Tests so far have shown a match between spores used in the attacks and a strain of anthrax used in U.S. biodefense research since the mid-1980s.

With no suspects in sight, the FBI has doubled its reward to $2.5 million, mailed fliers to 500,000 New Jersey residents appealing for help and sent letters requesting assistance to 40,000 members of the American Society for Microbiology.

But the FBI and outside scientists are only now beginning their analysis of the largest single repository of anthrax spores from the attacks: the contents of the Leahy letter, which was discovered Nov. 16 in a barrel of quarantined mail. Authorities say the highly sophisticated tests have been delayed to allow the design of elaborate protocols that will ensure that the analyses are scientifically accurate and legally defensible.

"You can't be in a hurry on this stuff," one official said yesterday.

Law enforcement officials said Army scientists are cooperating closely with investigators, although the relationship is awkward because USAMRIID employees are also regarded as potential suspects. "We are not blinded to the fact that someone in our midst could have been involved," one official said.

Speculation that the FBI may be close to cracking the case has increased in the past week, in large part because of the public comments of Barbara Hatch Rosenberg, a professor at the State University of New York-Purchase and a prominent bioterrorism expert.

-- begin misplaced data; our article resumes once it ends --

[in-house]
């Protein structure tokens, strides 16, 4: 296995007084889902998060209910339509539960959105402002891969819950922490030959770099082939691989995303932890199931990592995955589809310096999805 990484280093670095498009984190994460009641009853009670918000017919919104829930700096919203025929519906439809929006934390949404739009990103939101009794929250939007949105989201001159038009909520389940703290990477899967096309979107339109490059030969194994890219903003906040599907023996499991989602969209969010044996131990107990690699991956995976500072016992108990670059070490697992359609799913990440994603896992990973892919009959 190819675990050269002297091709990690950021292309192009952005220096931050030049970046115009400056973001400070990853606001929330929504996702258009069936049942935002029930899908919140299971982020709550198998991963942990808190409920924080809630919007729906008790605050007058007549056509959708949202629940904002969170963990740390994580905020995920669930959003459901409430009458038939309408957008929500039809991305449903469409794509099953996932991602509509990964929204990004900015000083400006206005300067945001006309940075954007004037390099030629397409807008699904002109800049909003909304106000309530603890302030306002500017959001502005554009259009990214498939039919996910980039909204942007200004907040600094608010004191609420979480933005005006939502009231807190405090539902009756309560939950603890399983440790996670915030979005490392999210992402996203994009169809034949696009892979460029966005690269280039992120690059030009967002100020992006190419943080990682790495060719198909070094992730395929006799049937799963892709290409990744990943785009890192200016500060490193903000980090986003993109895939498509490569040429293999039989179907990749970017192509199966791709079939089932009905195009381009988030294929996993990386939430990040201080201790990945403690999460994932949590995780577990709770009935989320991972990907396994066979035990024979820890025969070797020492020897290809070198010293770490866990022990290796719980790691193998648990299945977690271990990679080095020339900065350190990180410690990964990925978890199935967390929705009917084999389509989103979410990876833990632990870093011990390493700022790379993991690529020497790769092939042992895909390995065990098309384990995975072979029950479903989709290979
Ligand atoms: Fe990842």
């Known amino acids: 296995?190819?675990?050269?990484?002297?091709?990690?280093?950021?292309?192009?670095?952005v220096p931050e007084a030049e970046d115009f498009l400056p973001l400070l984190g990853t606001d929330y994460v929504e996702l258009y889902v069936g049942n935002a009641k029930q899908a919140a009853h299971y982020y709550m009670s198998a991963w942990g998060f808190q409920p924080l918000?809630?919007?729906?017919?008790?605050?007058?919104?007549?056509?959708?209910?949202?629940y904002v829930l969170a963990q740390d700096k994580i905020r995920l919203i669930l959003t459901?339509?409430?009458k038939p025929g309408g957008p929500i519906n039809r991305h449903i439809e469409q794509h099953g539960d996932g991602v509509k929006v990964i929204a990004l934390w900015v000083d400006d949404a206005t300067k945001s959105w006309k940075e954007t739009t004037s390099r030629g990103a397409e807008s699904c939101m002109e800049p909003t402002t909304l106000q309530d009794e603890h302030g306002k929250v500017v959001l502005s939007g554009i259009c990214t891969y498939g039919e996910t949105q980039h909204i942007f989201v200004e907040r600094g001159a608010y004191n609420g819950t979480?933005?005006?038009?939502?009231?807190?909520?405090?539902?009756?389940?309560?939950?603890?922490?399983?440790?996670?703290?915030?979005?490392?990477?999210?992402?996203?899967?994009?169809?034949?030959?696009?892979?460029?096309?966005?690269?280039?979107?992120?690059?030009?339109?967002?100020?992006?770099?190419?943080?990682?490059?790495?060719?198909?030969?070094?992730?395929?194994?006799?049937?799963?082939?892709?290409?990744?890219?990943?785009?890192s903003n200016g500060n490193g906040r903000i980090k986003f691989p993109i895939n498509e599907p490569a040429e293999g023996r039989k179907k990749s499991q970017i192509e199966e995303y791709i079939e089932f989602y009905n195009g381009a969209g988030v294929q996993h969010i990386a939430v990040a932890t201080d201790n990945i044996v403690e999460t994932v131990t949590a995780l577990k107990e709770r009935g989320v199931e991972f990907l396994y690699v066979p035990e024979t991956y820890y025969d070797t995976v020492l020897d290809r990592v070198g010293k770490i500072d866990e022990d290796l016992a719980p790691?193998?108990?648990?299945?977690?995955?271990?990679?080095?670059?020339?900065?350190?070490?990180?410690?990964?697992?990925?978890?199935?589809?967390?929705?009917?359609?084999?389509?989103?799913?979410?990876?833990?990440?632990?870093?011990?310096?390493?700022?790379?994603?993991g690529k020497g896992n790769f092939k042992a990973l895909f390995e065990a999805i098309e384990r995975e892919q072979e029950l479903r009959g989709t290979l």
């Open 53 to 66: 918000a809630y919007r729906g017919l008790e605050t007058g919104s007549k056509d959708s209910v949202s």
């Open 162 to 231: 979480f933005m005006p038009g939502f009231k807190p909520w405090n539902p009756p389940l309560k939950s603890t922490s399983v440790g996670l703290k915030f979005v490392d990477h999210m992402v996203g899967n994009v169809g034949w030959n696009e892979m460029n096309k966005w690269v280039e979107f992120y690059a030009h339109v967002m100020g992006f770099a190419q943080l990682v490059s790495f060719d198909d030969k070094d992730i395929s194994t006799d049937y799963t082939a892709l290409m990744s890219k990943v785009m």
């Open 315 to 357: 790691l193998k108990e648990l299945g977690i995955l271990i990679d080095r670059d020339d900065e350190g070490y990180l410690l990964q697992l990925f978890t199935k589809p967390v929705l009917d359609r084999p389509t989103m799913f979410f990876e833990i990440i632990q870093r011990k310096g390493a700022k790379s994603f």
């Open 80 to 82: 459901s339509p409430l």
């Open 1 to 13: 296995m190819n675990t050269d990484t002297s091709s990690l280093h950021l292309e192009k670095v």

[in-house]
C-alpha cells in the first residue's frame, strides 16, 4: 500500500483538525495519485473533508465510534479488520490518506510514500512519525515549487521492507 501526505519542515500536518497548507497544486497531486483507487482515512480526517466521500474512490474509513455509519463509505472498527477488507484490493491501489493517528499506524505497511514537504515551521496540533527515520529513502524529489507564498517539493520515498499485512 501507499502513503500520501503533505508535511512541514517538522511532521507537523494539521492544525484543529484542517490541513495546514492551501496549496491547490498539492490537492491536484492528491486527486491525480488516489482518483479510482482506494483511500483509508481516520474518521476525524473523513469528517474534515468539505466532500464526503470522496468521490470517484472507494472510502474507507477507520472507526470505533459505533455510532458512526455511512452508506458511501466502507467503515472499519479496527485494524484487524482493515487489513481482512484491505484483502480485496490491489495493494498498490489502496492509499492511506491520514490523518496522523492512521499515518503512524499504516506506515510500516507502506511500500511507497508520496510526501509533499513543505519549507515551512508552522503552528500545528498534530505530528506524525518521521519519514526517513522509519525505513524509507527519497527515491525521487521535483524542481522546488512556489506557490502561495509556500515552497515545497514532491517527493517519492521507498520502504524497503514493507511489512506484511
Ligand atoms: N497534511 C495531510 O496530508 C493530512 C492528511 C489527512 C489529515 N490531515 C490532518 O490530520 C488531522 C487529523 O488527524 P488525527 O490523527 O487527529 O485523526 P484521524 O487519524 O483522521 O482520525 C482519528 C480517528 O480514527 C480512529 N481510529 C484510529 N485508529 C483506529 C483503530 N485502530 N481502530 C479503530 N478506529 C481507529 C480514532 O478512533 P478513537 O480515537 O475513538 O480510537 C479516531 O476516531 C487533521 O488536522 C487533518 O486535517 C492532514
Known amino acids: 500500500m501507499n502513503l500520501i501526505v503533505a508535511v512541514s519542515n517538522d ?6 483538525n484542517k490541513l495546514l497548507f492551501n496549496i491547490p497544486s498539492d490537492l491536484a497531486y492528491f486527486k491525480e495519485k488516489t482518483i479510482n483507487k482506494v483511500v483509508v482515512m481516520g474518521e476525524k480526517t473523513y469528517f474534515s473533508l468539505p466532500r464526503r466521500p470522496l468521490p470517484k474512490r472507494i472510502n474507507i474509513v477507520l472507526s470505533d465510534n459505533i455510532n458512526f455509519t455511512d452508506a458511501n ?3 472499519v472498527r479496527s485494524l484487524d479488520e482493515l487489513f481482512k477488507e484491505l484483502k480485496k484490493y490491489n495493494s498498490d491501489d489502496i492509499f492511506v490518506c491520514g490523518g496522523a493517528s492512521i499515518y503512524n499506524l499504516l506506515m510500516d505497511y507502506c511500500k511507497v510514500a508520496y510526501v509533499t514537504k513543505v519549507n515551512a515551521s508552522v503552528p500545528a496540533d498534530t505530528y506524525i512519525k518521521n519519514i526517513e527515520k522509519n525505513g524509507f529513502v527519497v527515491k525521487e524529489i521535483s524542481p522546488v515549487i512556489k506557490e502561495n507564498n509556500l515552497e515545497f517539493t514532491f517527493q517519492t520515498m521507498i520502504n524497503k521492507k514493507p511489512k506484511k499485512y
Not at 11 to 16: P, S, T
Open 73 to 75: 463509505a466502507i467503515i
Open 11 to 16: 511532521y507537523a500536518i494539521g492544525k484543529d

In a series of widely circulated commentaries for the Federation of American Scientists, Rosenberg has contended that the FBI likely knows the identity of the terrorist but is "dragging its feet," possibly because the suspect "knows something that he believes to be sufficiently damaging to the United States to make him untouchable by the FBI."

In a speech at Princeton University last week, Rosenberg said the FBI was focusing on a single scientist who had been fired twice from USAMRIID and was now working for a defense contractor in the Washington area. She said she learned of the suspect from law enforcement officials, whom she declined to name.

FBI officials over the last week have flatly discounted Rosenberg's claims, which were included in a Washington Times article yesterday reporting that a suspect had been identified. Numerous Bush administration officials, including White House spokesman Ari Fleischer, yesterday called the report erroneous and said the FBI was not close to identifying a suspect.

Law enforcement officials said they are working on myriad possibilities, and believe they are making progress in identifying potential suspects among hundreds of current and former employees of laboratories with Ames anthrax stores.

Some have been investigated because they had access to labs that possessed the Ames strain. Even a negative result on an anthrax swab test doesn't rule someone out entirely, sources said. "It just knocks them aside for now and gives us a level of confidence" that the person was not involved in the attacks, one official said.

Sources close to the investigation noted that people whose homes have been swabbed for anthrax live throughout the United States, including the Washington area.

Other names and leads have been received by the FBI through its Web site or through tips to field offices, officials said.

FBI Director Robert S. Mueller III is briefed on the case twice a day, authorities said. Agents are also nearly finished with an initial sweep of people associated with the U.S. biological defense program.